I ran across an article from Forbes recently that confirmed what I’ve been thinking for a long time now…
Meetings no longer work (if they ever did) in the intended way!
Citing research from Harvard Business School and London School of Economics, the article revealed that executives spend upwards of 18 hours per week in meetings. That is a third or more of their typical work week.
As many as half of those meetings were considered “a waste of time” by the executives who attended them.
While it may be overly simplistic to assign blame for this problem to a single causal factor, there is one that comes to mind: meetings have become more about information sharing than decision-making.
We’ve all been there:
The proverbial death by ‘fill-in-the-blank’ presentation software narrations accompanied by voluminous ‘decks’ of slides containing too many words, too much information, and too little insight.
In some sense it is a reality of the world we live in…a world where we are overloaded with data and starved for information and meaning.
But that is it not acceptable if the goal is to make meetings work.
Think about it. Does it really make sense to have people come together to hear information for the first time and then be asked to make important decisions about that information?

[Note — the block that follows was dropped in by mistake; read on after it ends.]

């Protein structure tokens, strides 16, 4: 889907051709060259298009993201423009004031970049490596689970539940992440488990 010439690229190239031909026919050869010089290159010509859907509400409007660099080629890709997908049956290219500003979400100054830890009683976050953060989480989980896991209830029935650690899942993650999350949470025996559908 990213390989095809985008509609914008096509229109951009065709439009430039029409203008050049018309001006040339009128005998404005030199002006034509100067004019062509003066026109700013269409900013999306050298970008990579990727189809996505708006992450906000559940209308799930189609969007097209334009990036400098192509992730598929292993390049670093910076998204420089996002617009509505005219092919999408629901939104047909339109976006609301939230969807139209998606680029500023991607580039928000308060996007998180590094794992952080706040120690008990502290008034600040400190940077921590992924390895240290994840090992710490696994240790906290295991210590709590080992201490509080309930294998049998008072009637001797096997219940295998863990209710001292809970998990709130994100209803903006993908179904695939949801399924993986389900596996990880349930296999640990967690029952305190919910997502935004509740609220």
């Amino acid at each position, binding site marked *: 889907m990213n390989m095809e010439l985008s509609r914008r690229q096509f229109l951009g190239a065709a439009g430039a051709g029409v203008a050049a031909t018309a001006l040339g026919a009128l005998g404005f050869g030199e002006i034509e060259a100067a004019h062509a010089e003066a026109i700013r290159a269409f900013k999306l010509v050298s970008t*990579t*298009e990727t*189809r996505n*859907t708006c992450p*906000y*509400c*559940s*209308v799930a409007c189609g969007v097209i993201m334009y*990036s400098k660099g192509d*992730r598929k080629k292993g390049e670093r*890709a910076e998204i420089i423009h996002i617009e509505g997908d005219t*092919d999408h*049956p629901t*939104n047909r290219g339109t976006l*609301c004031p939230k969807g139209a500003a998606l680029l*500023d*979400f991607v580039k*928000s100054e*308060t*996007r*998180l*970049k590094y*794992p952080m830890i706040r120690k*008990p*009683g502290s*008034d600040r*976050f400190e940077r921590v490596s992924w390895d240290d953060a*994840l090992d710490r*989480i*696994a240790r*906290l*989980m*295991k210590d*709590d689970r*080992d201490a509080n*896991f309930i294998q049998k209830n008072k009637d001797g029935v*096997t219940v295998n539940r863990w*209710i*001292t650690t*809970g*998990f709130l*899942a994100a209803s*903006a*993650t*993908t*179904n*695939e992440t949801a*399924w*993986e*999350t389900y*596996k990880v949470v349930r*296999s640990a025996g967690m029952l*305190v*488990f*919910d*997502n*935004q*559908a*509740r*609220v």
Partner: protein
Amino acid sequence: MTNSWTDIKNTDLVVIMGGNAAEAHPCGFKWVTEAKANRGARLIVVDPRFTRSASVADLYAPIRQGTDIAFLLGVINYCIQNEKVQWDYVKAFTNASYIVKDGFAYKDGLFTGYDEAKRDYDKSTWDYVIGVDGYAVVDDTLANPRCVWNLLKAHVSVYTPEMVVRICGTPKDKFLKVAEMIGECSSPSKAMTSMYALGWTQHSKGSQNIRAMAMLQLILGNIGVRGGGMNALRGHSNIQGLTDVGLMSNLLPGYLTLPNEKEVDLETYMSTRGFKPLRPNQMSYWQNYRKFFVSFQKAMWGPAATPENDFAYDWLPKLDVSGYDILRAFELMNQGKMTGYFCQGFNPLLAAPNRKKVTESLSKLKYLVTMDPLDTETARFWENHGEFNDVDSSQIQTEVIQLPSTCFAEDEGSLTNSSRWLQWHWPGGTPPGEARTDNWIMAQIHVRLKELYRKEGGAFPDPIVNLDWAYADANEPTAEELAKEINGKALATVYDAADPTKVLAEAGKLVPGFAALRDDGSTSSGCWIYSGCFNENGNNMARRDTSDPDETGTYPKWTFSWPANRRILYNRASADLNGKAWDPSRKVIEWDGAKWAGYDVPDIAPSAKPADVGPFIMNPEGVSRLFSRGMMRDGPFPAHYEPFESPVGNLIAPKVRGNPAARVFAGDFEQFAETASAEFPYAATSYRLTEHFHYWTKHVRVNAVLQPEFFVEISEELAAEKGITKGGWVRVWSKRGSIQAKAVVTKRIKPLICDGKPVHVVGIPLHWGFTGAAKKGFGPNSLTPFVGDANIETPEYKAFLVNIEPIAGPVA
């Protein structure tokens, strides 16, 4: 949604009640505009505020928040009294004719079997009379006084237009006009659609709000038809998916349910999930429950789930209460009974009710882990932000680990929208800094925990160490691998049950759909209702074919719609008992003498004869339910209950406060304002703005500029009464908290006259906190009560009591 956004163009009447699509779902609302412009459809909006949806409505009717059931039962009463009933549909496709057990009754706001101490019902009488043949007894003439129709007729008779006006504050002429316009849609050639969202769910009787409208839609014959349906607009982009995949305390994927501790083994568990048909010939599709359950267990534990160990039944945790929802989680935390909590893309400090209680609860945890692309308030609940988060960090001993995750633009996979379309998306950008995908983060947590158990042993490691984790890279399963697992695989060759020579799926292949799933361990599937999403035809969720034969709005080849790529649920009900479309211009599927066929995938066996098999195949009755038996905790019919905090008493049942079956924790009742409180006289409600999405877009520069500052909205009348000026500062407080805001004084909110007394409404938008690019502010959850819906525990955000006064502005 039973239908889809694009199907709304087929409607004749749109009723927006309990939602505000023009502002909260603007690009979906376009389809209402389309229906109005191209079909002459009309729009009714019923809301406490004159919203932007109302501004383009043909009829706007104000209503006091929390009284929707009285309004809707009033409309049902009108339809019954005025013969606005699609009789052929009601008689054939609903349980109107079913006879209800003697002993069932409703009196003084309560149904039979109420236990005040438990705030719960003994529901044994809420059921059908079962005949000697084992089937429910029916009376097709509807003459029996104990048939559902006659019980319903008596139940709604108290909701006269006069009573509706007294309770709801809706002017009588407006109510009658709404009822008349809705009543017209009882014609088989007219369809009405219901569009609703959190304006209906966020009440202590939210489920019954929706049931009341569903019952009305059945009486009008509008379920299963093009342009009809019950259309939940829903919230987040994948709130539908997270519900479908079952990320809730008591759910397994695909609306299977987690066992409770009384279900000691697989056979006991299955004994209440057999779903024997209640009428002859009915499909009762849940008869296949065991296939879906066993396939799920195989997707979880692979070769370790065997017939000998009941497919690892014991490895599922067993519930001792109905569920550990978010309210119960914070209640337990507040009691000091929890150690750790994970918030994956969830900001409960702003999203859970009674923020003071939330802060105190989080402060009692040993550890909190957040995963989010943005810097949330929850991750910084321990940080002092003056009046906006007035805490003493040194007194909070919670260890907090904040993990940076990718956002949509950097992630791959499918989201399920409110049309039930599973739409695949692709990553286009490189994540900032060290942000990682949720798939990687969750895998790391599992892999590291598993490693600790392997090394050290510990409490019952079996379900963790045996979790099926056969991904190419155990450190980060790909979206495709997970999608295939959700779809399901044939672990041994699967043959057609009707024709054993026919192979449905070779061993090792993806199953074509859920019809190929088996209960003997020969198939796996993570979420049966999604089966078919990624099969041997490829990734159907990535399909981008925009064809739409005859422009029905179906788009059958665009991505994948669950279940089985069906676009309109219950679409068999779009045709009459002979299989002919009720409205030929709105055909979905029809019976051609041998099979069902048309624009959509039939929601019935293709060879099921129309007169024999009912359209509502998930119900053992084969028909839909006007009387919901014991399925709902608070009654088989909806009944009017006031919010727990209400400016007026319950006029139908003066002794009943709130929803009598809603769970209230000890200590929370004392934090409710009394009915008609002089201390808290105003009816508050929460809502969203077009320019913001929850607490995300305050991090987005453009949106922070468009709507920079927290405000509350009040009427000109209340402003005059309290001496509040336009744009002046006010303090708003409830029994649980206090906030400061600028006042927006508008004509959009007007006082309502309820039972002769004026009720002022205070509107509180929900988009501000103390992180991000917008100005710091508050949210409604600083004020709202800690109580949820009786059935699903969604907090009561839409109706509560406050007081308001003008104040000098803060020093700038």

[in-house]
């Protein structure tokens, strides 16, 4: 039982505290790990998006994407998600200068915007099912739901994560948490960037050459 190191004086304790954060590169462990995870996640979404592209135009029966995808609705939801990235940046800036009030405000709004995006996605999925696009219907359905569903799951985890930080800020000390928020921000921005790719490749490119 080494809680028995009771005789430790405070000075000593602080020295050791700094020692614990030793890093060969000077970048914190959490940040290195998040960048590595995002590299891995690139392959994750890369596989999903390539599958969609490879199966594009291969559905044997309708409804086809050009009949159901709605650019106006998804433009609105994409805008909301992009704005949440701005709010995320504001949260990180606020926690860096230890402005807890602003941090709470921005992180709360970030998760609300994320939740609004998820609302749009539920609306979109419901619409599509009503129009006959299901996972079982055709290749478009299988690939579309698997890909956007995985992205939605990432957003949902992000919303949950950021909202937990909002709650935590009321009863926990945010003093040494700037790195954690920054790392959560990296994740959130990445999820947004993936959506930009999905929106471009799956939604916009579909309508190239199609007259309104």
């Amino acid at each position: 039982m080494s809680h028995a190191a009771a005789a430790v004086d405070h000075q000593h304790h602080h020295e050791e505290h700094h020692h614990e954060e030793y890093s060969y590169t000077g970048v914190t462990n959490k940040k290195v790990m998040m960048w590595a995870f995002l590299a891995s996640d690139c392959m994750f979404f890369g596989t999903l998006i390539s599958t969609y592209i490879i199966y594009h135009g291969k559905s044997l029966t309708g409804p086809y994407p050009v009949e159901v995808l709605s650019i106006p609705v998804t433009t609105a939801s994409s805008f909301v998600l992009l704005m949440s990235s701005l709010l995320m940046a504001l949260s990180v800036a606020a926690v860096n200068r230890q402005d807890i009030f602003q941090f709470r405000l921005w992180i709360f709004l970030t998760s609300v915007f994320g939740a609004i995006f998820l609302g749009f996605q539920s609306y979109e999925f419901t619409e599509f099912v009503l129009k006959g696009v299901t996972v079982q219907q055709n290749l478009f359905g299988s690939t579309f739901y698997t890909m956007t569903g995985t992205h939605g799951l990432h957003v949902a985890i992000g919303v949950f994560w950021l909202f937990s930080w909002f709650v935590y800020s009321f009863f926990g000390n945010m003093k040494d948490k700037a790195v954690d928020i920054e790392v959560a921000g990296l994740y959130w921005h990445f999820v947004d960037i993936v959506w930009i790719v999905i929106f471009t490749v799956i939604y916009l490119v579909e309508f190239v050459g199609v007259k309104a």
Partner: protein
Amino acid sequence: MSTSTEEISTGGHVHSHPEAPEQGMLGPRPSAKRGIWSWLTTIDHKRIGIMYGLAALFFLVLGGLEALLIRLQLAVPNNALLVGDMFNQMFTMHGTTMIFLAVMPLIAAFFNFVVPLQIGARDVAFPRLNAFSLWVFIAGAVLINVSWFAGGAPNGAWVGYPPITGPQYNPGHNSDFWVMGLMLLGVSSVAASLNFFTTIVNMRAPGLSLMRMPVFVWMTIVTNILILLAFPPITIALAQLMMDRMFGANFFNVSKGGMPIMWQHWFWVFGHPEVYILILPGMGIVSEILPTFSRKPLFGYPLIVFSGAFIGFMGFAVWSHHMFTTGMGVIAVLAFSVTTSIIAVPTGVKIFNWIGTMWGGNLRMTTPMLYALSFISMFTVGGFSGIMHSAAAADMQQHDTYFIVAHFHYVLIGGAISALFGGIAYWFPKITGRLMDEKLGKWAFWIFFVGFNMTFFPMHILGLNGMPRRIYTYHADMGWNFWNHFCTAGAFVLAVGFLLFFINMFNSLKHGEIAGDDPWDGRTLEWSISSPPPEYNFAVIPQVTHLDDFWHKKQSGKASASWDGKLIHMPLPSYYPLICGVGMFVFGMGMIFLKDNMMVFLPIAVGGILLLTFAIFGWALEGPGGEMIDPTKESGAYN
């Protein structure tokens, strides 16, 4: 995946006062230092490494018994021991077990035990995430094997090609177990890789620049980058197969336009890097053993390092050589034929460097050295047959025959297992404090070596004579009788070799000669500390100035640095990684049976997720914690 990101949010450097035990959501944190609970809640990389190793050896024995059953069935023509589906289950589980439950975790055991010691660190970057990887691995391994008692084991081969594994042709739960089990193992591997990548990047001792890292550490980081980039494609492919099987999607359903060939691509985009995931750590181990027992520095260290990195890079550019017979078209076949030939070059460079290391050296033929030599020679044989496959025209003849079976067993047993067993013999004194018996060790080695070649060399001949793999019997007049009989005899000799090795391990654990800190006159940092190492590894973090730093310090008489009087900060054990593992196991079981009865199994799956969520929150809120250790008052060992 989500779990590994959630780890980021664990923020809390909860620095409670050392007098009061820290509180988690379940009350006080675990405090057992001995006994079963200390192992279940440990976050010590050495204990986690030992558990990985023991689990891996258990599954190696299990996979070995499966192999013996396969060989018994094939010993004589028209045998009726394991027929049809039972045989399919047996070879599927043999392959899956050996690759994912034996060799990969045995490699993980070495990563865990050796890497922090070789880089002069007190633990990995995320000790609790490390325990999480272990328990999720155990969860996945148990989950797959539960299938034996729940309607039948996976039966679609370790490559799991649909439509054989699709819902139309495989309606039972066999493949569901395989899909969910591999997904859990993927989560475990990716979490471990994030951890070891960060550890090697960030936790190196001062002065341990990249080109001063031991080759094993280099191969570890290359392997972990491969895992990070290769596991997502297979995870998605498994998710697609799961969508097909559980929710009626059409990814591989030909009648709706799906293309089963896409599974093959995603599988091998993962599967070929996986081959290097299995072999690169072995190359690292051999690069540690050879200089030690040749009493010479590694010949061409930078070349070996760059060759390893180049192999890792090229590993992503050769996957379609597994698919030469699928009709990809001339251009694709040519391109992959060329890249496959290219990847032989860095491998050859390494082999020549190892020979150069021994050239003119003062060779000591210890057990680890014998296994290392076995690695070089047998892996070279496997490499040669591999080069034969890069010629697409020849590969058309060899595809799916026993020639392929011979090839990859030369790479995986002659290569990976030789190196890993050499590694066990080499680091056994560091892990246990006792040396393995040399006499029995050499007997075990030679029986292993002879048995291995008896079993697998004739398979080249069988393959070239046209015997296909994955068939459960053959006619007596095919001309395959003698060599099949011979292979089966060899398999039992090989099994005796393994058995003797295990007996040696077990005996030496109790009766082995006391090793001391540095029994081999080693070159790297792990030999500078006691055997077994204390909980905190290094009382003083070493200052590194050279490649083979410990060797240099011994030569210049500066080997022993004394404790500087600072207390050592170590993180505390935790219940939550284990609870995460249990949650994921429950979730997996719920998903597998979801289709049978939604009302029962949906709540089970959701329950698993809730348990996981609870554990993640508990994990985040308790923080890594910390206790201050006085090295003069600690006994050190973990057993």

I don’t think so.
People need time to process what they’ve heard on both the conscious and subconscious levels before being asked to make decisions. They need time to process what they’ve heard, to gather insight from other sources so they can evaluate the alternatives, and to think through the implications of alternative courses of action.
Shift the meeting process to put more emphasis on the preparation before the meeting:
1. Send out an agenda a few days before the meeting–the agenda should define the purpose for the meeting, the flow of the meeting, and the desired outcomes. Include time blocks for discussion segments and make a commitment to follow the agenda and keep the meeting on track.
2. Share information with attendees prior to the meeting–information (and any necessary data that supports it) should be distributed with the agenda so that participants can review it beforehand. Include potential options and/or clear guidance regarding the decisions that will be considered in the meeting to support deliberation and informal discussion prior to the meeting.
3. Distribute a summary of the meeting and key decisions–capturing key discussions and decisions from the meeting and sharing them promptly after the meeting is a key step in making this process shift work. Quickly communicating the decisions and sharing relevant supporting information reinforces the value of the process.
4. Debrief the process and revise as needed–use the simple 3-step debrief process (outlined in this post) to assess what worked, what didn’t and what’s next as a way to implement this approach across all of your meetings. It will take time to develop the capacity of the team to make meetings work, but the effort will pay off as the process evolves.
Your First Step: Commit to make meetings work by trying this approach for your next meeting where the participants will be asked to make decisions. Inform the participants about the way you are shifting the process and ask them all to take the initiative seriously by committing to prepare before the meeting so that the time together can be more productive (and focused on what matters–making the best decisions for your credit union).